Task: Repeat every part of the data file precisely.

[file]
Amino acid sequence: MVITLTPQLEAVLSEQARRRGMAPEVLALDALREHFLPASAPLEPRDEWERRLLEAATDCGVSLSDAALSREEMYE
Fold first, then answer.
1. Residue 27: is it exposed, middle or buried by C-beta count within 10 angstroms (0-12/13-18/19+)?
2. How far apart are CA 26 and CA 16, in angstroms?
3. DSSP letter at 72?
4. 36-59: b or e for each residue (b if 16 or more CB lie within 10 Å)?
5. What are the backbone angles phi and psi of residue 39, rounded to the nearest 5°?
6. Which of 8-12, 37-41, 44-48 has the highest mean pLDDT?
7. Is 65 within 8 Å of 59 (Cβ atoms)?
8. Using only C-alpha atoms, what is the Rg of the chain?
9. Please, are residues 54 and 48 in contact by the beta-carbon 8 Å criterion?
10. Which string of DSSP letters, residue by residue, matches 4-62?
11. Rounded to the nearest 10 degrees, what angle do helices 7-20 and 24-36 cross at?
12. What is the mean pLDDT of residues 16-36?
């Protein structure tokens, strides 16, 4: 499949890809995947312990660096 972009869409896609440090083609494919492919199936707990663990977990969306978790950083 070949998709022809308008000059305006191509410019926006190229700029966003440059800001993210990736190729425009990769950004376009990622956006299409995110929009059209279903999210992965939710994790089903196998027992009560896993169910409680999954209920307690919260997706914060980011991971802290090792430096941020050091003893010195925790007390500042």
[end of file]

Amino acid sequence: MVITLTPQLEAVLSEQARRRGMAPEVLALDALREHFLPASAPLEPRDEWERRLLEAATDCGVSLSDAALSREEMYE
Fold first, then answer.
1. Residue 27: is it exposed, middle or buried by C-beta count within 10 angstroms (0-12/13-18/19+)?
2. How far apart are CA 26 and CA 16, in angstroms?
3. DSSP letter at 72?
4. 36-59: b or e for each residue (b if 16 or more CB lie within 10 Å)?
5. What are the backbone angles phi and psi of residue 39, rounded to the nearest 5°?
6. Which of 8-12, 37-41, 44-48 has the highest mean pLDDT?
7. Is 65 within 8 Å of 59 (Cβ atoms)?
8. Using only C-alpha atoms, what is the Rg of the chain?
9. Please, are residues 54 and 48 in contact by the beta-carbon 8 Å criterion?
10. Which string of DSSP letters, residue by residue, matches 4-62?
11. Rounded to the nearest 10 degrees, what angle do helices 7-20 and 24-36 cross at?
12. What is the mean pLDDT of residues 16-36?
């Protein structure tokens, strides 16, 4: 499949890809995947312990660096 972009869409896609440090083609494919492919199936707990663990977990969306978790950083 070949998709022809308008000059305006191509410019926006190229700029966003440059800001993210990736190729425009990769950004376009990622956006299409995110929009059209279903999210992965939710994790089903196998027992009560896993169910409680999954209920307690919260997706914060980011991971802290090792430096941020050091003893010195925790007390500042």